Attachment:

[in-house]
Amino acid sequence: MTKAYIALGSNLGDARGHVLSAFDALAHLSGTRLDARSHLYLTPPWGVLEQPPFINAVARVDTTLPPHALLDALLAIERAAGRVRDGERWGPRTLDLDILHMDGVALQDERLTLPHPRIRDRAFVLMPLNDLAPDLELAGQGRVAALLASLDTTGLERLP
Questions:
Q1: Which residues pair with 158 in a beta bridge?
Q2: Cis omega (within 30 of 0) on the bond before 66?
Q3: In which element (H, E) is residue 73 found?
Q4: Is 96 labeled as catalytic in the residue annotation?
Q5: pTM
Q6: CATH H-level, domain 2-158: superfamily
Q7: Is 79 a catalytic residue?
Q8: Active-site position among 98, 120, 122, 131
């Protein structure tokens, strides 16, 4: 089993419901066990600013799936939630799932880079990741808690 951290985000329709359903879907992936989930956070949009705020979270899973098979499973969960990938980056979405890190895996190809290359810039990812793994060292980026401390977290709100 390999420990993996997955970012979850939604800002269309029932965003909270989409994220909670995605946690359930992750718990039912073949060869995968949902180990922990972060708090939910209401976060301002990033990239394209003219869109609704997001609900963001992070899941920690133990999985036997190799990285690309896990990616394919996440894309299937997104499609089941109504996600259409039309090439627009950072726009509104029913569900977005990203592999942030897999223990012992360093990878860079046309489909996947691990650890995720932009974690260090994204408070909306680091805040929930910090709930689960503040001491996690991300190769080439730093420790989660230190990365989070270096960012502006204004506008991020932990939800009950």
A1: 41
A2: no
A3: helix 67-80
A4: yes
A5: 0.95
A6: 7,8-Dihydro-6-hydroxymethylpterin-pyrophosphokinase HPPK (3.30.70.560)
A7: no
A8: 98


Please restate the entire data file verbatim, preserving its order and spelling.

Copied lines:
[in-house]
Amino acid sequence: MTKAYIALGSNLGDARGHVLSAFDALAHLSGTRLDARSHLYLTPPWGVLEQPPFINAVARVDTTLPPHALLDALLAIERAAGRVRDGERWGPRTLDLDILHMDGVALQDERLTLPHPRIRDRAFVLMPLNDLAPDLELAGQGRVAALLASLDTTGLERLP
Questions:
Q1: Which residues pair with 158 in a beta bridge?
Q2: Cis omega (within 30 of 0) on the bond before 66?
Q3: In which element (H, E) is residue 73 found?
Q4: Is 96 labeled as catalytic in the residue annotation?
Q5: pTM
Q6: CATH H-level, domain 2-158: superfamily
Q7: Is 79 a catalytic residue?
Q8: Active-site position among 98, 120, 122, 131
């Protein structure tokens, strides 16, 4: 089993419901066990600013799936939630799932880079990741808690 951290985000329709359903879907992936989930956070949009705020979270899973098979499973969960990938980056979405890190895996190809290359810039990812793994060292980026401390977290709100 390999420990993996997955970012979850939604800002269309029932965003909270989409994220909670995605946690359930992750718990039912073949060869995968949902180990922990972060708090939910209401976060301002990033990239394209003219869109609704997001609900963001992070899941920690133990999985036997190799990285690309896990990616394919996440894309299937997104499609089941109504996600259409039309090439627009950072726009509104029913569900977005990203592999942030897999223990012992360093990878860079046309489909996947691990650890995720932009974690260090994204408070909306680091805040929930910090709930689960503040001491996690991300190769080439730093420790989660230190990365989070270096960012502006204004506008991020932990939800009950």
A1: 41
A2: no
A3: helix 67-80
A4: yes
A5: 0.95
A6: 7,8-Dihydro-6-hydroxymethylpterin-pyrophosphokinase HPPK (3.30.70.560)
A7: no
A8: 98